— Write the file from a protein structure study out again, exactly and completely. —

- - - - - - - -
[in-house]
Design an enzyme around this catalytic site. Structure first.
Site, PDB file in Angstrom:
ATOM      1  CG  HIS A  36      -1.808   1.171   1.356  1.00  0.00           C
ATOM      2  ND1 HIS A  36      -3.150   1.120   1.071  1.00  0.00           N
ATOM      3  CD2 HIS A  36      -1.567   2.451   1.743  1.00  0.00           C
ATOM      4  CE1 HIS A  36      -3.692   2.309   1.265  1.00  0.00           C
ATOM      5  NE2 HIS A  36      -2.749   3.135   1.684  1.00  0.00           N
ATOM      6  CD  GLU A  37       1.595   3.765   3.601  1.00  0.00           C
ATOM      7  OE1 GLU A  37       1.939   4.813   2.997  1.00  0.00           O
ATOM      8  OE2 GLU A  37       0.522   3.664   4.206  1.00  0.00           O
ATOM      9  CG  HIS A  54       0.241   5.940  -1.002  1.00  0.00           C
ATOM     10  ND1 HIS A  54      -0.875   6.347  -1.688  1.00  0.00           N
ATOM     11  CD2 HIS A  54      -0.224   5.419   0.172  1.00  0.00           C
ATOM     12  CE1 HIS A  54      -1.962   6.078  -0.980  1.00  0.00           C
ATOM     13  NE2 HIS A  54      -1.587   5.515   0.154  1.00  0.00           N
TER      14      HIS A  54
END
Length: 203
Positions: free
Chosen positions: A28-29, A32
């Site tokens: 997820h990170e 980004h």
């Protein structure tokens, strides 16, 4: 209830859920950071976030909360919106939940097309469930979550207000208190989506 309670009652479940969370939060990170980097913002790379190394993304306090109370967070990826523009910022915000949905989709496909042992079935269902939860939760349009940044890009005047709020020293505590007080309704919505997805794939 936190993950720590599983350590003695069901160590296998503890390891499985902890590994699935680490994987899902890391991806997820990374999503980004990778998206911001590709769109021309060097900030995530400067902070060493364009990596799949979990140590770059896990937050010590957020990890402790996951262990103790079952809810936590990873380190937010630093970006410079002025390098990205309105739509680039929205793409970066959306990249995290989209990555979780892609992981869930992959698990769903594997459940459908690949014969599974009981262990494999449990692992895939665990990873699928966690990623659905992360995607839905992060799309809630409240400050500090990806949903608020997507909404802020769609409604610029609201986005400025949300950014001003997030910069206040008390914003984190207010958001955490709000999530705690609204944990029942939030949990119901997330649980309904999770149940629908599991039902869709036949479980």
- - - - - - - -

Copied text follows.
[in-house]
Design an enzyme around this catalytic site. Structure first.
Site, PDB file in Angstrom:
ATOM      1  CG  HIS A  36      -1.808   1.171   1.356  1.00  0.00           C
ATOM      2  ND1 HIS A  36      -3.150   1.120   1.071  1.00  0.00           N
ATOM      3  CD2 HIS A  36      -1.567   2.451   1.743  1.00  0.00           C
ATOM      4  CE1 HIS A  36      -3.692   2.309   1.265  1.00  0.00           C
ATOM      5  NE2 HIS A  36      -2.749   3.135   1.684  1.00  0.00           N
ATOM      6  CD  GLU A  37       1.595   3.765   3.601  1.00  0.00           C
ATOM      7  OE1 GLU A  37       1.939   4.813   2.997  1.00  0.00           O
ATOM      8  OE2 GLU A  37       0.522   3.664   4.206  1.00  0.00           O
ATOM      9  CG  HIS A  54       0.241   5.940  -1.002  1.00  0.00           C
ATOM     10  ND1 HIS A  54      -0.875   6.347  -1.688  1.00  0.00           N
ATOM     11  CD2 HIS A  54      -0.224   5.419   0.172  1.00  0.00           C
ATOM     12  CE1 HIS A  54      -1.962   6.078  -0.980  1.00  0.00           C
ATOM     13  NE2 HIS A  54      -1.587   5.515   0.154  1.00  0.00           N
TER      14      HIS A  54
END
Length: 203
Positions: free
Chosen positions: A28-29, A32
């Site tokens: 997820h990170e 980004h």
């Protein structure tokens, strides 16, 4: 209830859920950071976030909360919106939940097309469930979550207000208190989506 309670009652479940969370939060990170980097913002790379190394993304306090109370967070990826523009910022915000949905989709496909042992079935269902939860939760349009940044890009005047709020020293505590007080309704919505997805794939 936190993950720590599983350590003695069901160590296998503890390891499985902890590994699935680490994987899902890391991806997820990374999503980004990778998206911001590709769109021309060097900030995530400067902070060493364009990596799949979990140590770059896990937050010590957020990890402790996951262990103790079952809810936590990873380190937010630093970006410079002025390098990205309105739509680039929205793409970066959306990249995290989209990555979780892609992981869930992959698990769903594997459940459908690949014969599974009981262990494999449990692992895939665990990873699928966690990623659905992360995607839905992060799309809630409240400050500090990806949903608020997507909404802020769609409604610029609201986005400025949300950014001003997030910069206040008390914003984190207010958001955490709000999530705690609204944990029942939030949990119901997330649980309904999770149940629908599991039902869709036949479980």